Importance Of Cryptocurrency Exchange

Is it Worth Mining Crypto Coin - What Your Cryptoc Experts Say?

If you'd have posted this question to a Cryptocurrency Exchange expert five years ago, the answer would be a resounding yes. Back then, before crypto became as popular and as mainstream as it is today, very few bitcoin miners were applying their computer power to mining bitcoin, and the difficulty (which is the limiting factor in the supply side of the equation) was very low.

To put this another way, it didn’t take very much at all by way of computing power and in turn, time and electricity to verify a block and to pick up some bitcoin as a reward.

There are some now infamous stories about individuals leaving their computers on overnight to mine bitcoin in the very early days and then throwing away their hard drives when they upgrade setups, not realizing bitcoin would eventually be worth thousands of dollars apiece.

Anyway, over time, the difficulty rate of bitcoin mining has increased dramatically, and it now takes huge dedicated mining rigs to do what one laptop was able to go back in 2010.

These mining rigs are expensive to buy. We're talking thousands of dollars apiece for the low end. No doubt, they consume a lot of electricity.

With difficulty being so high right now, they also, need a fair amount of operational time to return any degree of reward.

In other words, if you bought a bitcoin mining setup today, it would probably cost you more in electricity and initial outlay than you would be able to generate (in bitcoin, as a reward) in years of operation.

So why do people still do it?

Well, those that do mine bitcoin now are generally either large-scale operations that can afford to bankroll the setup of thousands of miners and then process transactions in the anticipation of a price rise (which, of course, would serve to increase the dollar value of their return even if difficulty increases) or groups of individuals that come together to for what is called mining pools?


A bit about mining pools

Mining pools are designed as a way to allow individuals with smaller amounts of processing power to contribute to the verification side of the equation and – in turn – benefit from rewards, without having to outlay a large amount of money to get it set up.

The pools combine the processing power of all of their members and then use said power to process and verify bitcoin transactions through the method outlined above in the What is bitcoin mining?

When the blocks are verified, and the mining pool receives a reward which, as mentioned, is paid out in bitcoin the pool distributes the reward to its members. Generally, the distribution is directly proportionate to the amount of hash power each member contributes to the pool.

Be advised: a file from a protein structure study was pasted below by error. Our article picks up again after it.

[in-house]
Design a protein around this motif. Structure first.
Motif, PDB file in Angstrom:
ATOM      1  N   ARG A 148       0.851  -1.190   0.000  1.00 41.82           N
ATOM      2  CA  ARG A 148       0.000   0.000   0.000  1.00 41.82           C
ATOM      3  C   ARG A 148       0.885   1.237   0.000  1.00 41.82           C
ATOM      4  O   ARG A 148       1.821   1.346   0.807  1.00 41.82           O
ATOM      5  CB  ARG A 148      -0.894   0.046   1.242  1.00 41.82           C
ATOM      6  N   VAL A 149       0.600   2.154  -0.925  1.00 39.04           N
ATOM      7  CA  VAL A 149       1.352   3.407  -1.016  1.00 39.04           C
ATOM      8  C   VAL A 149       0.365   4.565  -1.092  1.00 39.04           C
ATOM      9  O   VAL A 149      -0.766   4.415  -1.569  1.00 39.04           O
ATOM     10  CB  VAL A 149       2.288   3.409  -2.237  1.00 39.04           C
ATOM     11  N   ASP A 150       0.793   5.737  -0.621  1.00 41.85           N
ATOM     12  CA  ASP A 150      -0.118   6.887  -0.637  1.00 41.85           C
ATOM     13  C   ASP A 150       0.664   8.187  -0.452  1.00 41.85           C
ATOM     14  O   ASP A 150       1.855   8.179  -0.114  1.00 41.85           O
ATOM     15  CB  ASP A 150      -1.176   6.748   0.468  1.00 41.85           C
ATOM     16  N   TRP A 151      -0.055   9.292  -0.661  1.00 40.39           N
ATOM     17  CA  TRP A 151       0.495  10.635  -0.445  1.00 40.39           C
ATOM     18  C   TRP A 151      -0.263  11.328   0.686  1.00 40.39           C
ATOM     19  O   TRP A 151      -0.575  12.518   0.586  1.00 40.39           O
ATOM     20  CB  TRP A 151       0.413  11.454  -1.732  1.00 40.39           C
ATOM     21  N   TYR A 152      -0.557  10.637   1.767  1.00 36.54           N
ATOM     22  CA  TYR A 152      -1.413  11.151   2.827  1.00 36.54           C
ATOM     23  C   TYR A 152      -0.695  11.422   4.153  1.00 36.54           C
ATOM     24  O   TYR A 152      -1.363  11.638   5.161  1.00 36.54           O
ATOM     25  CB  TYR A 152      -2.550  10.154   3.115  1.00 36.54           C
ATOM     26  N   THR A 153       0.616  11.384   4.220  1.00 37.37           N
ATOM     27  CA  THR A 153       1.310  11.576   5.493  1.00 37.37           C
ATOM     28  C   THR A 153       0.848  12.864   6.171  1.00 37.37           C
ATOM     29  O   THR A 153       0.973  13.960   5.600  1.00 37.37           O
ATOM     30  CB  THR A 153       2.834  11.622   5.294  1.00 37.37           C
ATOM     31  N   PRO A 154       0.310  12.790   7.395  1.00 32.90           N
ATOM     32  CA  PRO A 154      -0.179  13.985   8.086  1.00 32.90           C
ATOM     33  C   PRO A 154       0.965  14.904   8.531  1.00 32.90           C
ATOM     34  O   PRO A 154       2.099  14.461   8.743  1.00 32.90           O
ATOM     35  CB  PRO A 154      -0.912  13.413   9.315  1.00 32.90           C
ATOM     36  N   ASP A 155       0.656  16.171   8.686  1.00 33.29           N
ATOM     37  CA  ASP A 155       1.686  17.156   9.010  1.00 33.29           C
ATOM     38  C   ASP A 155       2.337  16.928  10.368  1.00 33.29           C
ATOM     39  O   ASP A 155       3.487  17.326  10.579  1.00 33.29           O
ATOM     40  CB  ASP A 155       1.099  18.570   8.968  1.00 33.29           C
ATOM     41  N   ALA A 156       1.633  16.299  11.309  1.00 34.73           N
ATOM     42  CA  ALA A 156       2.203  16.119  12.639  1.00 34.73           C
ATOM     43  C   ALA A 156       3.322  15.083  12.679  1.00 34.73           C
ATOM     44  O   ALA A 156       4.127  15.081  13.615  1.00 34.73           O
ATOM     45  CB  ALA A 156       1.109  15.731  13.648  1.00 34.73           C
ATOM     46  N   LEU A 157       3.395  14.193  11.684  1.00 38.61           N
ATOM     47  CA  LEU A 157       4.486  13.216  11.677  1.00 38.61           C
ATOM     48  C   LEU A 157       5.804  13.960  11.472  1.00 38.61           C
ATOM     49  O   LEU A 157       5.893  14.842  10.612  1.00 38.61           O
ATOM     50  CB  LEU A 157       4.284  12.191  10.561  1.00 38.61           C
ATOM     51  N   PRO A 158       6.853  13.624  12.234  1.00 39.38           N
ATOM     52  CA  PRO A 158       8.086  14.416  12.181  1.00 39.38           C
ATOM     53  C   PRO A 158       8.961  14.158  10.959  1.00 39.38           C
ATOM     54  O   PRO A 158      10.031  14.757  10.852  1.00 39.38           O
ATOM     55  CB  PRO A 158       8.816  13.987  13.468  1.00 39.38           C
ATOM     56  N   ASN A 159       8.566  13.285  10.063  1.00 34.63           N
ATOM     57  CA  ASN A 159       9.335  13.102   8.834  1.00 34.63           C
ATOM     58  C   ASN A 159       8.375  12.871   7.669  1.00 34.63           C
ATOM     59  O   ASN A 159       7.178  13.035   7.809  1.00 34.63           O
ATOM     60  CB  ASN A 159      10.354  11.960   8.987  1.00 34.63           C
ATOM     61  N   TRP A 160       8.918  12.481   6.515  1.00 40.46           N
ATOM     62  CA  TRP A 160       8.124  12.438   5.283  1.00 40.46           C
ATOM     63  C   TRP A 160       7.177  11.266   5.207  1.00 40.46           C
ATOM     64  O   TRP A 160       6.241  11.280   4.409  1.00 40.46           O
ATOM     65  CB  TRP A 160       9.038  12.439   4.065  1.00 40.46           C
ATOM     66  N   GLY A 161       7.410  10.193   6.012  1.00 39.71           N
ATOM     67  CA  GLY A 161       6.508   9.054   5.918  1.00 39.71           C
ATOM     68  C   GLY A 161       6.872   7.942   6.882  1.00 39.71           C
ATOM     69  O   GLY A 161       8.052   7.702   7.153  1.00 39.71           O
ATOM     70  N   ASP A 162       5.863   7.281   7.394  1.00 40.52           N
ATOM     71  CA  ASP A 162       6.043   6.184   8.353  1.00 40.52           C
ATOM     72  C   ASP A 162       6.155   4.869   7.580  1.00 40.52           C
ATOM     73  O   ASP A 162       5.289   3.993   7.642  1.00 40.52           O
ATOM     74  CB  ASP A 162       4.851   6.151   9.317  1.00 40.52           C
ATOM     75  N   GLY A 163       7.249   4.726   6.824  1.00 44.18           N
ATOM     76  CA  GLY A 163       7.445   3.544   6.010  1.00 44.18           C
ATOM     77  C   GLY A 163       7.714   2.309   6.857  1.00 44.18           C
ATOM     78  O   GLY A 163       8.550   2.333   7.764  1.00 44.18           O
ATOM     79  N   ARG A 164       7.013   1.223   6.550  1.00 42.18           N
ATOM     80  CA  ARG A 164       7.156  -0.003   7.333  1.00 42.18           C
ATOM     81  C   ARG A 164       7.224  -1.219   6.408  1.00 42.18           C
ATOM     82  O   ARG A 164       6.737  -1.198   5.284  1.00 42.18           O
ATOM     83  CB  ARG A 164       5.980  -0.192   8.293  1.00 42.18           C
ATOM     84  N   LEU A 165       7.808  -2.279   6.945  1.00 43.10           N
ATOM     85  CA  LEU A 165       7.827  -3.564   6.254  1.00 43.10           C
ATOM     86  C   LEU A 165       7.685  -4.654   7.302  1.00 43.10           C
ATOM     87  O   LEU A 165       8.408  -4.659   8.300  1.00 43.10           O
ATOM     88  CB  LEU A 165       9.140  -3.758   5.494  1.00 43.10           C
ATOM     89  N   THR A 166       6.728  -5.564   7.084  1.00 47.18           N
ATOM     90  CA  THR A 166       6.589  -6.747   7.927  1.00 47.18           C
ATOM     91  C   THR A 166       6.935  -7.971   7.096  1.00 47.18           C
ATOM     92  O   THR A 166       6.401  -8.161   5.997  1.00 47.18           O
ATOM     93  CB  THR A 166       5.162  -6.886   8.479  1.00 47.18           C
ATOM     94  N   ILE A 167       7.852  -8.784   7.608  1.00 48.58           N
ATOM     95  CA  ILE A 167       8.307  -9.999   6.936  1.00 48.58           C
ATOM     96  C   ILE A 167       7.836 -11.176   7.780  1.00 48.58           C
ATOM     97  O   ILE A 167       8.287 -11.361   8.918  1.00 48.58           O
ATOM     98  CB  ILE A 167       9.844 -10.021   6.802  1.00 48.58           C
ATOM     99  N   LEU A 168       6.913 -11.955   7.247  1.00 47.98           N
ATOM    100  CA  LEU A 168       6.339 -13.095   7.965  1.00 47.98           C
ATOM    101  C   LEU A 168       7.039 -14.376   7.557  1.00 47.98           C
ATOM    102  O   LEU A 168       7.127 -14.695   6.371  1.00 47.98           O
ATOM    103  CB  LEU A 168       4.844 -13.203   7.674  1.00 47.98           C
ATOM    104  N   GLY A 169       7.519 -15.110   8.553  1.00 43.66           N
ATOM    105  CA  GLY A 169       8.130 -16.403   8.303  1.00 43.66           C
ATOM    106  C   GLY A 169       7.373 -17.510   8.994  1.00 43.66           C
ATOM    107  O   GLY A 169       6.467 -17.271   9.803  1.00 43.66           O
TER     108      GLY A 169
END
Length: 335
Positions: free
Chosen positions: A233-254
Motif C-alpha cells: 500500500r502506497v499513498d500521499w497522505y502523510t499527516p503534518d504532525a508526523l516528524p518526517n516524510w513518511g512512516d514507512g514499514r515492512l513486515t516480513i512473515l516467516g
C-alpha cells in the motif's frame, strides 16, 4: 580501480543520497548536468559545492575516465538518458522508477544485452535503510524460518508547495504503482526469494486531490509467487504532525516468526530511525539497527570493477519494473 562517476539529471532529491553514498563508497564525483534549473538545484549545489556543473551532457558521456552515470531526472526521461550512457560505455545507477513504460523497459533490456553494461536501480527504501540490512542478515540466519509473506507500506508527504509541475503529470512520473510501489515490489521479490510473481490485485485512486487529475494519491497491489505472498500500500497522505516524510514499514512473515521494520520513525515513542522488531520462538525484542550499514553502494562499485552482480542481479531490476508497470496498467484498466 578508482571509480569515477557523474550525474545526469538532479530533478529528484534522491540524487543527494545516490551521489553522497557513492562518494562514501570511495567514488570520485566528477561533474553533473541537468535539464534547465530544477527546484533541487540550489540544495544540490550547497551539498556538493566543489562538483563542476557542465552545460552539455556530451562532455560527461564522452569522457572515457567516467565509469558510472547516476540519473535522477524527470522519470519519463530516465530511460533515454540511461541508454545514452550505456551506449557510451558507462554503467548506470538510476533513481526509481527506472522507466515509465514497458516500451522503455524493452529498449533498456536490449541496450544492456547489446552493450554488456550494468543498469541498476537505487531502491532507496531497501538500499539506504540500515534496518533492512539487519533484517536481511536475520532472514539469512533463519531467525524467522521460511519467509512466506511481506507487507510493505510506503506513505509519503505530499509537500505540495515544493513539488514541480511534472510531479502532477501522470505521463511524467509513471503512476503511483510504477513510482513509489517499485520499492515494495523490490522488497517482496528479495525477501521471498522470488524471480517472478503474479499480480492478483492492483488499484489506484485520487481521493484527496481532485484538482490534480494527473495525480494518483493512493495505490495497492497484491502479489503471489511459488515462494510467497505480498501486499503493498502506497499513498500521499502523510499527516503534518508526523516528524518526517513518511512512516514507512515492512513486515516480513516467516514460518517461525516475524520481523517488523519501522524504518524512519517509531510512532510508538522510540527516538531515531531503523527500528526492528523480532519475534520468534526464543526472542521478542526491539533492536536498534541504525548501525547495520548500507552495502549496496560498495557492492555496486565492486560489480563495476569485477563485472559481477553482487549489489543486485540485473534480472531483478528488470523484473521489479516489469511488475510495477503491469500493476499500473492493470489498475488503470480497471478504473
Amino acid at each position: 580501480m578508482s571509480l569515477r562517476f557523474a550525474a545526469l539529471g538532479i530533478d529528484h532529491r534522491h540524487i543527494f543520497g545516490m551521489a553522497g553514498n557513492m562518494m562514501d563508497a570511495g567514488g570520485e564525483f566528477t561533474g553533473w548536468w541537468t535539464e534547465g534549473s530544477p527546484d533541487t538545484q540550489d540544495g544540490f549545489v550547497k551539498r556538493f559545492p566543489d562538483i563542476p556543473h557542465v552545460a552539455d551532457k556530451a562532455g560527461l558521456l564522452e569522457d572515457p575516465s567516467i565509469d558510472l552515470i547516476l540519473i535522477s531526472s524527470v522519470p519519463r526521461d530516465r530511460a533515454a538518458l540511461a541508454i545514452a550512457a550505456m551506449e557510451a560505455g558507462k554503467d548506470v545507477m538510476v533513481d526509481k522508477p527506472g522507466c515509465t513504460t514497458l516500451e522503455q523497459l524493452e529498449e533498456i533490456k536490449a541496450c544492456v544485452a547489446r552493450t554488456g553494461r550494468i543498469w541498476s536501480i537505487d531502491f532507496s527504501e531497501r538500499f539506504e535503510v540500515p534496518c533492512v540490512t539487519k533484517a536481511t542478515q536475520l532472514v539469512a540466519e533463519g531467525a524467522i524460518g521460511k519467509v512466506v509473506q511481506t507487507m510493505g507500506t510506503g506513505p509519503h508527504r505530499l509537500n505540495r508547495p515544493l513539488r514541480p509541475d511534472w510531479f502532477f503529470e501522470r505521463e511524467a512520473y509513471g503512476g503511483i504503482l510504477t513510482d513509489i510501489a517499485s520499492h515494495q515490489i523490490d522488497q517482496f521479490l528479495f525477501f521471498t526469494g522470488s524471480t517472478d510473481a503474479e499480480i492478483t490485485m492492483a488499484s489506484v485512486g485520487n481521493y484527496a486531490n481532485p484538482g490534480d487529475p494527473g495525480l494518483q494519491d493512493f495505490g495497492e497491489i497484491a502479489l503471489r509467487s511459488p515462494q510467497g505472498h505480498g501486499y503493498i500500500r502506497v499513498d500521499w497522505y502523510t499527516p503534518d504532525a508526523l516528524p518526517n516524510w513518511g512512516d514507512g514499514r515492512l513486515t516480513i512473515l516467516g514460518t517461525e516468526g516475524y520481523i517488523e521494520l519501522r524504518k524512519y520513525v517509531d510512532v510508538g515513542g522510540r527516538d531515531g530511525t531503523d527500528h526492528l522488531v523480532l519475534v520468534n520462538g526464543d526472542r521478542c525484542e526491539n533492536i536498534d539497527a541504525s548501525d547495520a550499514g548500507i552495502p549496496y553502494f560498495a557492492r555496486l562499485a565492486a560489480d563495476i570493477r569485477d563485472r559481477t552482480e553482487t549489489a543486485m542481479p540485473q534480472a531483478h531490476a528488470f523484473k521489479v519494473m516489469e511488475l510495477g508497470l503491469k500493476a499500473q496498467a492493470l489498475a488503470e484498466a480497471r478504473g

So, if one member is contributing, say, 3% of the pools total hash power, he or she will receive 3% of the reward offered on that block, minus a small fee which is taken by the pool. This fee structure is a generalization sometimes the charge is taken from the first reward with the remaining portion distributed among members, sometimes a long-time member gets a more significant portion, etc. However, the concept is pretty much standardized across the major pools.

Some of the more popular pools include:

Antpool which is owned by Bitmain, one of the largest bitcoin mining companies in the world and the producer of the Antminer, the gold standard mining hardware in the space.


● Slushpool

● (also owned by Bitmain)

● Bixin

More than 80% of the networking hash power, spread across these pools, is located in China. This is for various reasons but is primarily rooted in the fact that electricity is cheap in certain parts of China and this maximizes profitability on the mined bitcoin.

There is an ongoing debate as to how this proportionate representation plays into the future of bitcoin. Specifically, is it safe or smart to have one nation and, for that matter, one very highly regulated and, to some extent, socially and politically unstable nation control transaction verification to this degree?

The answer is probably no, but there's not much that can be done about diluting processing concentration right now.

There's also a good chance that Bitmain, the king of the space, will launch an IPO near term.

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